Excel's EVEN function is used to round decimal values to an even integer while removing the decimal portion of the number. All values, whether even or odd, are rounded to even integers by the function.

You might do this when dealing with items that come in pairs that need to go in boxes for shipment. The box is full once the number of objects, rounded to the nearest two, matches the capacity of a box.

**Note**: these instructions apply to Excel 2019, 2016, 2013, 2010, Excel 2019 for Mac, Excel 2016 for Mac, Excel for Mac 2011 and Excel for Office 365.

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Rounding Positive vs. Negative Numbers

The EVEN function does not follow the rules for rounding that many of Excel's other rounding functions follow. Instead, it always rounds numbers *away* from zero regardless of whether a number is negative or positive.

Positive numbers get rounded up to the next highest even integer regardless of the value of the rounding digit while negative numbers are rounded down to the next lowest even negative integer.

In the image above, the values 6.023 and 7.023 are rounded up to 8 while the values -6.023 and -7.023 are rounded down to -8.

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Rounding Data and Calculations

Unlike formatting options that alter only the appearance of data by changing the number of decimal places displayed; the EVEN function alters the data in a worksheet.

The EVEN function can, therefore, affect the results of other calculations in a worksheet that make use of the rounded data.

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The EVEN Function's Syntax and Arguments

A function's syntax refers to the layout of the function and includes the function's name, brackets, and arguments.

The syntax for the EVEN function is:

**= EVEN(Number)**

**Number**** **is the value to be rounded. This argument can contain the specific data, or it can be a cell reference to the location of the data in the worksheet.

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EVEN Function Examples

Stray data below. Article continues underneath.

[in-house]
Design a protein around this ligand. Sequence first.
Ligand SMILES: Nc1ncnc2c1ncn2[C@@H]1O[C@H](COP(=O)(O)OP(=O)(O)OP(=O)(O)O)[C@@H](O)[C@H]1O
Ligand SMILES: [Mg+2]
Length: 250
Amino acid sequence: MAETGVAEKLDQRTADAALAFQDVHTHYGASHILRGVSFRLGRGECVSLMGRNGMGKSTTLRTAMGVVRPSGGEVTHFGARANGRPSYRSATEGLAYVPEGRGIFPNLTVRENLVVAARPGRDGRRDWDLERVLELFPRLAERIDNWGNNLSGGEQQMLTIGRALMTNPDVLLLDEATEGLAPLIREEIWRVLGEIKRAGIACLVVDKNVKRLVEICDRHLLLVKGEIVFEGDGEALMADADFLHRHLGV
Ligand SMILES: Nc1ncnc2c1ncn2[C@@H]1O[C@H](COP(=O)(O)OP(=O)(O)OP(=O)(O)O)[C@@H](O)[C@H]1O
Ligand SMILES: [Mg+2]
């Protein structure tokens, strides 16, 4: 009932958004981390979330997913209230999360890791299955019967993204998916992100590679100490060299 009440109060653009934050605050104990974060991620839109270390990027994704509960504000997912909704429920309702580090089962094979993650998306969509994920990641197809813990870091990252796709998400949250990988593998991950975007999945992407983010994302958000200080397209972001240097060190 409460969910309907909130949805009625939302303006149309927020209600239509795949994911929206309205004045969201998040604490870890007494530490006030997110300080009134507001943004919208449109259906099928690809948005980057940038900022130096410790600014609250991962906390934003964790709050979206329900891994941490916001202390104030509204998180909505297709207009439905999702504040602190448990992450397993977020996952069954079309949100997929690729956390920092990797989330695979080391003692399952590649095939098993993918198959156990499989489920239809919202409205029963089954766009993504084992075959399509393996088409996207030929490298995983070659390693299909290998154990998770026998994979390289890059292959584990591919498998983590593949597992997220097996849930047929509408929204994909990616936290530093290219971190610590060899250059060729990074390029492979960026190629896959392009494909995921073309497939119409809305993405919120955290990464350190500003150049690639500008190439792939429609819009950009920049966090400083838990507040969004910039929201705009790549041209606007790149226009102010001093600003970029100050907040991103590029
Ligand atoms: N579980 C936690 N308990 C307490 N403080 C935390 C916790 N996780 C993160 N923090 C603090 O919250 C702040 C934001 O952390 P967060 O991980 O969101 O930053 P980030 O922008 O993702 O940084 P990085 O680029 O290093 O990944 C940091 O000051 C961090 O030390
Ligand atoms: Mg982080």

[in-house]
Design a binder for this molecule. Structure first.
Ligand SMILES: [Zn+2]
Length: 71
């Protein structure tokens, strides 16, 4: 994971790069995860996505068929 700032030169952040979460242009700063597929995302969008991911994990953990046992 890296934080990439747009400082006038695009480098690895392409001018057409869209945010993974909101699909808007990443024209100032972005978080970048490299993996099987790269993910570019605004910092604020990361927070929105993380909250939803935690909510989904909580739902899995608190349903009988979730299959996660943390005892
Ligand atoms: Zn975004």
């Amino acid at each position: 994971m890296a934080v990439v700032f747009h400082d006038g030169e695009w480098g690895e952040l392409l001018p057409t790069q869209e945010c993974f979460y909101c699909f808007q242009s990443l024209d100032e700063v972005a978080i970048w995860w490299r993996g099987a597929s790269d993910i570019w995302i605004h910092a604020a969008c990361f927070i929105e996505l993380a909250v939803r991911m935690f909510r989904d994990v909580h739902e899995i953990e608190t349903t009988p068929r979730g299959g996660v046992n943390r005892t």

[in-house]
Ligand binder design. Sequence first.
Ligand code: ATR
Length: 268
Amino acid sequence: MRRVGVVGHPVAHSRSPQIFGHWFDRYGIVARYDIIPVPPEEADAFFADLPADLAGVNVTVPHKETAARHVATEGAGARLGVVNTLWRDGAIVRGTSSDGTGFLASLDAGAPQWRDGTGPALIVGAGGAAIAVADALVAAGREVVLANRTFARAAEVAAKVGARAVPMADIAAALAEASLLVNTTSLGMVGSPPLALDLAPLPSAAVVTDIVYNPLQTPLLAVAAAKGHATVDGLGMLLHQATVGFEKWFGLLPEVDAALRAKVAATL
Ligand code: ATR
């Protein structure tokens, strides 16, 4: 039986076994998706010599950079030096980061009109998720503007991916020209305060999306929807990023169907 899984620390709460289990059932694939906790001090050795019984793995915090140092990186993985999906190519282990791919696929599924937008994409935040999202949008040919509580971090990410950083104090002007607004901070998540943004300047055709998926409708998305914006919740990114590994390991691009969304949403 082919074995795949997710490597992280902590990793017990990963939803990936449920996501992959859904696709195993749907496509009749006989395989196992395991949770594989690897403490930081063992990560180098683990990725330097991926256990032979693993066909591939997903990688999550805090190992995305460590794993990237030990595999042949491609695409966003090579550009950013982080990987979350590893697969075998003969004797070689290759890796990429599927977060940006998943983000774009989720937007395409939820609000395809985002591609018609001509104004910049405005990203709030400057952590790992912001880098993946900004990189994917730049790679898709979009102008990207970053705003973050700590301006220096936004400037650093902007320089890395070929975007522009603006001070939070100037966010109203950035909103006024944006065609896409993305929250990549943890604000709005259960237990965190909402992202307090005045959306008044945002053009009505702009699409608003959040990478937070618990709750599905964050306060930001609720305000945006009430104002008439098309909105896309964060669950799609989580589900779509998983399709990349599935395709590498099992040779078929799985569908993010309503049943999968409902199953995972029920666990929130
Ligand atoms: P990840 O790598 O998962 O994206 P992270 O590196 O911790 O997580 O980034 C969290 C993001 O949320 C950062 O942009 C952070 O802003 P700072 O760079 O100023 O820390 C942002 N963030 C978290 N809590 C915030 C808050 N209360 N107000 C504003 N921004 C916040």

The example in the image above uses the EVEN function to round several decimal values to the next even integer.

You can input the function by typing the function name and argument into the desired cell or by using the function's dialog box as outlined below.

The steps used to enter the function into cell C2 are:

- Click on cell
**C2**to make it the active cell. - Click on the
**Formulas**tab of the ribbon. - Choose
**Math & Trig**from the ribbon to open the function drop-down menu. - Click on
**EVEN**in the list to bring up the function's dialog box - In the dialog box, click on the
**Number**line. - Click on cell
**A2**in the worksheet to enter that cell reference into the dialog box. - Click
**OK**to complete the function and close the dialog box. - The answer 8 should appear in cell C2 since this is the next highest even integer after 6.023.
- When you click on cell C2 the complete function
*= EVEN ( A2 )*appears in the formula bar above the worksheet. - Click on another cell to see the results of the EVEN function in cell C2.

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Copying the Formula With the Fill Handle

Rather than recreate the formula for the other three examples, the first formula can be quickly copied using the fill handle or copy and paste since you entered the argument for the EVEN function as a relative cell reference.

The results of this operation should be:

- Cells C3 and C5 should display the value -8 since this is the next lowest even integer after the values -6.023 and -7.023;
- Cell C4 should contain the value of 8, which is the next highest even integer after 7.023.

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#VALUE! Error Value

The #VALUE! error appears if Excel does not recognize the data entered for the Number argument as a number. One possible explanation would be numbers entered as text data. You can check for errors and convert text to numbers in a variety of ways.